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Sail of the Century

Sailing out of Auckland harbor

Costly equipment, a $5K directional compass

Ship's hand at work in port
by Ian Lloyd Neubauer

When the U.S. stole victory from New Zealand at the America's Cup in San Francisco Bay in September after bouncing back from an 8-1 disadvantage, it rekindled interest in the prestigious sailing series that hadn't been seen in decades.It also sparked interest in people wanting to sail America's Cup Class AC72-class hydrofoiling catamaran – multimillion-dollar engineering marvels that levitate above the water on wing-like foils at speeds of up 55 miles per hour. Such is their ferociousness on the water that crew are required to wear an array of safety gear: body armuor, high-visibility crash helmets, emergency positioning beacons and hands-free breathing apparatuses. They're also required to undertake months of arduous training, have years of sailing experience and be pretty good swimmers in case they end up in the drink.

Yet just about any able-bodied person can experience the thrill of what it was like competing in the America's Cup before the switch from conventional monohull yacht to AC72 catamarans in 2010, onboard the NZL 68. An America's Cup class monohull yacht built for Germany's sailing team in 2003, the NZL 68 now operates as a pleasure craft in Auckland, the City of Sails.

Formula One of Boats
The wind is blowing at a gentle 15 knots as we motor out of Viaduct Harbour into Waitemata Harbour, an arm of the Hauraki Gulf, one of the most geographically and biologically diverse marine parks on earth. Each direction of the compass offers gobsmacking views: to the south is Auckland's statuesque Central Business District crowned by the 328m-high Sky Tower, with the Auckland Harbour Bridge in the west, the well-healed beachside suburbs of Auckland's North Shore to the north and Rangitoto Island, the largest of Auckland's 55 extinct volcanoes, shimmying in the west.

Ten minutes after leaving port the team of five young Aucklanders commanding NZL 68 cut the engine which, along with steel rails fixed along the either side of the hull and the principal sail, are the only modifications made to the $10-million 24-tonne yacht to render it safe and suitable for general use.

“The original sail was transparent and threaded with carbon fibre and designed for speed and power rather than longevity or strength,” says skipper Jason Hendy. “It cost $120,000 and would last no longer than a month until it started tearing apart. The one we're using now is a lot stronger and made from kevlar. It costs about $70,000 and can last for up to two years.”The sail, however, is just the icing on the cake of the phenomenally expensive exercise of keeping NZL 68 afloat. The high-tensile rope used to keep the sail taut cost $1,300 a metre. The carbon fibre handles on the oversized grinders used to winch the sails up and down the mast cost $2,500 apiece. And every two years the yacht has to be hauled out of the water, disassembled piece by piece and then put back together again for preventative maintenance. Not surprisingly, going for a ride in it doesn't come cheap: when Richard Branson hired it out for a two-hour private charter during a recent visit to Auckland, he forked out $25,000 for the pleasure. “To be honest, we shouldn't even be sailing this thing,” Hendy says. “It's like you and your mates going out, buying a Formula One racing car, tinkering with the suspension and taking it for a spin around the block.”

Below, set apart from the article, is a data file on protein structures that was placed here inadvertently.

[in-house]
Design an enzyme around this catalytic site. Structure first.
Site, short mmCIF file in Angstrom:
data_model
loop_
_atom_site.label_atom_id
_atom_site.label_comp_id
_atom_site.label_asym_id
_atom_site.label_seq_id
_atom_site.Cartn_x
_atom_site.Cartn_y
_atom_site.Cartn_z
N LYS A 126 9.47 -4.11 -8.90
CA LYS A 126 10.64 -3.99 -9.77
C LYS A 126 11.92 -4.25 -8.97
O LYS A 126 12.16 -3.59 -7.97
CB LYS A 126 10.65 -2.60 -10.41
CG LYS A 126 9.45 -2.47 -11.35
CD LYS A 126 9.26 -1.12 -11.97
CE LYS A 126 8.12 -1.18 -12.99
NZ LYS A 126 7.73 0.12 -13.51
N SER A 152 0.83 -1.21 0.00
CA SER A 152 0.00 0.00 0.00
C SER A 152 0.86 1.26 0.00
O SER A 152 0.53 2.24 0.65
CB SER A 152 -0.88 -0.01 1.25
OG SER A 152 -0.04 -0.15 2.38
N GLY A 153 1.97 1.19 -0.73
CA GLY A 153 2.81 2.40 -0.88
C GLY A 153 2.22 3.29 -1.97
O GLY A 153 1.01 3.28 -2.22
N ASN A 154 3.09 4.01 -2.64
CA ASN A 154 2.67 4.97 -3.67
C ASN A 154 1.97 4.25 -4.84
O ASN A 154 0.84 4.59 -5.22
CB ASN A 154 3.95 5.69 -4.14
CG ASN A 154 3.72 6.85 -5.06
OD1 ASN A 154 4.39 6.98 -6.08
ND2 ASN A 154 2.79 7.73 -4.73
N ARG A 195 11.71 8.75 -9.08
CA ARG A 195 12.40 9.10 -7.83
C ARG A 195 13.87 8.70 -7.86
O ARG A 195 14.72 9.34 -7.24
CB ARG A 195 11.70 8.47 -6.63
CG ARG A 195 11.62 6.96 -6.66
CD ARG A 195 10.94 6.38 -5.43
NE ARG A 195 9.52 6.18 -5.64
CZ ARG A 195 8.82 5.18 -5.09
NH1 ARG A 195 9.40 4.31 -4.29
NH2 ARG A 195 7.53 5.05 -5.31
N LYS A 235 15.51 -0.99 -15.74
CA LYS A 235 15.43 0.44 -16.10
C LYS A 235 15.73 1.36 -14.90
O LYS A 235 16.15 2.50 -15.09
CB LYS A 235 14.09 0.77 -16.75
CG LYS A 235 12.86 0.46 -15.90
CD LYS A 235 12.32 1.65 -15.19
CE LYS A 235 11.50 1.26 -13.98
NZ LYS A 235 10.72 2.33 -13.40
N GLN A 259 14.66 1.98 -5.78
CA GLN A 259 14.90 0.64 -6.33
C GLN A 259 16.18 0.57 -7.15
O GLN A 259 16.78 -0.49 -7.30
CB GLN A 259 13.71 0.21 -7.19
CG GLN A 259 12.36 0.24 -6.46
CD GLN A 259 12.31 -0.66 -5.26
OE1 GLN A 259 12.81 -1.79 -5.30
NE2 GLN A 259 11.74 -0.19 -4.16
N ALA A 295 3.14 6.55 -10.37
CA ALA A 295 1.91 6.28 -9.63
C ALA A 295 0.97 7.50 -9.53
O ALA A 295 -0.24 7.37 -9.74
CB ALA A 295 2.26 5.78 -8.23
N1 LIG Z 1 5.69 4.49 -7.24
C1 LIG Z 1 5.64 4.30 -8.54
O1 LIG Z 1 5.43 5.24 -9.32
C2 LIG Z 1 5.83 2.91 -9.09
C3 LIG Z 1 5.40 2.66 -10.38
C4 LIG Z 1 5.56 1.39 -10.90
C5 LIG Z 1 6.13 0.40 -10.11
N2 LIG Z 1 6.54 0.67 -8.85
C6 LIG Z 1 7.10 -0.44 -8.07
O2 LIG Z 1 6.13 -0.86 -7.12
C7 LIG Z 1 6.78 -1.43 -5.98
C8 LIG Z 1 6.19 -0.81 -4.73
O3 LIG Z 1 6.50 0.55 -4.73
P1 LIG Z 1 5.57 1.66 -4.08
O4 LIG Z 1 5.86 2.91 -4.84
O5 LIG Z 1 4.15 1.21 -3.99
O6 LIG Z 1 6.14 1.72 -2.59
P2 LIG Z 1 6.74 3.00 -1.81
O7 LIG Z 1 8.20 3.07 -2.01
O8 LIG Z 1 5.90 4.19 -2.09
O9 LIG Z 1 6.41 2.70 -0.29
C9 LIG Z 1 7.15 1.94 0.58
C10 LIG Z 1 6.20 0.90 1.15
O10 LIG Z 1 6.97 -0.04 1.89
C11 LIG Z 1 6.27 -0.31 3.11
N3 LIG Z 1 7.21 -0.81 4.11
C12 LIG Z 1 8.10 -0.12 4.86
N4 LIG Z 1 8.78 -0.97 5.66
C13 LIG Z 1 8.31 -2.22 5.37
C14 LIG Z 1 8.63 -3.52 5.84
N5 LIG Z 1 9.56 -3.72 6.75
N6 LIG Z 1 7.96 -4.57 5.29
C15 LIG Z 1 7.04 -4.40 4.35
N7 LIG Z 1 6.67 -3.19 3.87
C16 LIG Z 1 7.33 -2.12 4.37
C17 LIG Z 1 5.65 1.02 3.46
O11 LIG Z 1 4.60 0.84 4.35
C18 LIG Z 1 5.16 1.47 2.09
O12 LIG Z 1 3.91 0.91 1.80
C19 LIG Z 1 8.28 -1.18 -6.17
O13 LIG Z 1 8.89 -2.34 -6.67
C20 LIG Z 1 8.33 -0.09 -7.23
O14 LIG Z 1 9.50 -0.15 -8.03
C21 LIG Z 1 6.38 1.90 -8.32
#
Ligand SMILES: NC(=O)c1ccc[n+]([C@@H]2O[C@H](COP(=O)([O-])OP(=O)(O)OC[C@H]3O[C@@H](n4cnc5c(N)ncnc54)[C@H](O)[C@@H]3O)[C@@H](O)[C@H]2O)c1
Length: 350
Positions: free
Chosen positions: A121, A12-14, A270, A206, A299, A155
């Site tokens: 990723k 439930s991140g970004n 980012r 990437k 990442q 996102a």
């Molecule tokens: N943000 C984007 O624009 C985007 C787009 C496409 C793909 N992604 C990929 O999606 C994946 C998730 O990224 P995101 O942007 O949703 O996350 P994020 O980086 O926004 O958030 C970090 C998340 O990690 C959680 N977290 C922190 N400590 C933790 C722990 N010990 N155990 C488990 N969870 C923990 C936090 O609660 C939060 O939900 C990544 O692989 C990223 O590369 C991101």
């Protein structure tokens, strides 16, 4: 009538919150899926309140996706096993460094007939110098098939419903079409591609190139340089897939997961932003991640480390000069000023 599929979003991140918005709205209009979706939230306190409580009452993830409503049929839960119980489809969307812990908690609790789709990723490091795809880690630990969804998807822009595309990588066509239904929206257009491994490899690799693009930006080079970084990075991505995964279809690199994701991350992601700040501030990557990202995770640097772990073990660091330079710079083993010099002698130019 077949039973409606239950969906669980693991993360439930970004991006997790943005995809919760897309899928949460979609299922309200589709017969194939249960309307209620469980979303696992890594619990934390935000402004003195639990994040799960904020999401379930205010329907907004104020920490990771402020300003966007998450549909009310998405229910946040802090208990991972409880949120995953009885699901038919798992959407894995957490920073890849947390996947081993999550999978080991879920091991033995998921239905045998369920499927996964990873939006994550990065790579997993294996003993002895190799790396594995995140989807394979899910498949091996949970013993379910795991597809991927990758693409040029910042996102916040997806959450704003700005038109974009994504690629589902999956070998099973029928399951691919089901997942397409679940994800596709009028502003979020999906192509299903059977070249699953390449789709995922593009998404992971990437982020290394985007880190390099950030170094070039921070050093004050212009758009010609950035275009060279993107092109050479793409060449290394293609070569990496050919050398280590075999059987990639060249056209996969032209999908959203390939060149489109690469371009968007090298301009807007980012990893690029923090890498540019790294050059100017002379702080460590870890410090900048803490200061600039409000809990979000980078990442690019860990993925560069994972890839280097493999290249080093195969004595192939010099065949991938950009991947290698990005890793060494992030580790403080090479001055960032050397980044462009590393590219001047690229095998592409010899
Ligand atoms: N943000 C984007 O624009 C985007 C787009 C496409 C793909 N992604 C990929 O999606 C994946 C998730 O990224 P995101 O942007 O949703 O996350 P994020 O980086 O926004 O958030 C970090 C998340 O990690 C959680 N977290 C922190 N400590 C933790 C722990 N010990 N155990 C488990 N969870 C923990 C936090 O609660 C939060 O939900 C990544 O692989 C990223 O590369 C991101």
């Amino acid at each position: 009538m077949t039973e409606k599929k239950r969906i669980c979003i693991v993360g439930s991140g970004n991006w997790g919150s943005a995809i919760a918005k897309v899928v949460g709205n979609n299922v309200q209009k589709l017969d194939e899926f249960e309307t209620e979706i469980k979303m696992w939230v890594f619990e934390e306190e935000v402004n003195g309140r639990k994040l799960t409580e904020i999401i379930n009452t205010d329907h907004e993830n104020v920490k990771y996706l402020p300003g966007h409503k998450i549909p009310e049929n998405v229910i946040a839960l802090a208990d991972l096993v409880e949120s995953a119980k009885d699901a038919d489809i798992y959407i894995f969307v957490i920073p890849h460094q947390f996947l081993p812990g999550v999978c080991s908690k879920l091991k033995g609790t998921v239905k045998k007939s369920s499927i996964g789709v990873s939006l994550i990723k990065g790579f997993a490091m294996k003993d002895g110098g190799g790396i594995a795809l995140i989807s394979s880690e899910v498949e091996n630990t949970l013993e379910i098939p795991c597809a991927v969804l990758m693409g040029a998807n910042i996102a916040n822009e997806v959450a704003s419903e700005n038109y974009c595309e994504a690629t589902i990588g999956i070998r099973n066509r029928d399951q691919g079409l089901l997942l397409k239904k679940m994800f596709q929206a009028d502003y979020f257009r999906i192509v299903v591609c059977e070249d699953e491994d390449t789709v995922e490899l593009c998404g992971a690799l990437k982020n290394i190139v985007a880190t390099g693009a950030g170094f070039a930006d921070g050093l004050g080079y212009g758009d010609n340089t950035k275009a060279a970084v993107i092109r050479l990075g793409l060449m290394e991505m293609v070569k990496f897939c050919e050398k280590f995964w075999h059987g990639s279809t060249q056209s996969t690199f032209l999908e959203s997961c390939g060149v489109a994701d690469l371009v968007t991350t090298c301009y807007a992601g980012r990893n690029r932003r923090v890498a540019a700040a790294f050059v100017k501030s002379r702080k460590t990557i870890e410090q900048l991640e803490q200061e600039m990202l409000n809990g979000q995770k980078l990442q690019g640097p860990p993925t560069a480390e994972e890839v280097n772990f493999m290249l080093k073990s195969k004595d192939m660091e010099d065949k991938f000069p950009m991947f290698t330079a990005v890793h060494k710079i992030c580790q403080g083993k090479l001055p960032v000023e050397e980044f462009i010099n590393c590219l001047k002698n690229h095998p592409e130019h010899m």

Wind in Your Hair
Yet sail it we do, though not before a quick safety lesson during which passengers from Australia, the US, a group of Chinese with very expensive cameras and three British guys riding around New Zealand on a BMW Mottorad motorcycle tour learn three very important don'ts: don't stand inside a bundle of rope lest you want to get yanked overboard; don't put your hand anywhere near a titanium cog under the sail lest it chew your fingers off mid-spin; and don't hold onto the masts' high-tensile ropes unless you favour being sucked up through the 35 metre mast. “Sometimes people misinterpret the safety briefing and sometimes they don't listen,” Hendy says. “But so far we've been lucky. Nobody has ever been hurt.”

Normally it takes 17 hardened, burly sailors to sail NZL 68. Yet with only five crew aboard, volunteers are called to grind the chunky steel grinders used to raise the sail. They take their places, one on either side of the grinders and, on the skipper's command, begin hand-pedaling with all their might as the sail creeps its way up the mast. The New Zealand sailing team that used NZL 68 as their training vessel from 2005 until 2010 once raised the sail in nine seconds. It takes our crew nearly a minute to get it up there but the result is much the same, our vessel now coasting at 16 knots through the choppy blue waters of Hauraki Gulf. As we pick up more speed the vessel tilts to the starboard side and we find ourselves lying nearly completely upright, holding onto the side rails for dear life. Someone yells and points to water where a seal breaches the water's surface and flashes us a curious look. The Chinese fumble for their cameras but in a flash the creature is gone, though we also get to see a pod of bottlenose dolphins and in the distance, a whale. And while the adventure comes to an end much too soon, the memory of sailing a boat built to win glory in the world's oldest and most prestigious yachting event lingers indefinitely. “It's the nicest feeling when they turn the engines off,” says Trevor Stafford from the UK, “and you're left with nothing but the sound of the sail and the wind in your hair.”

If You Go
Sail New Zealand (; +649 359 5987) charge NZ$160 for a two-and-a-half-hour America's Cup Sailing Experience in Auckland and $NZ210 for a three-hour America's Cup Racing Experience.

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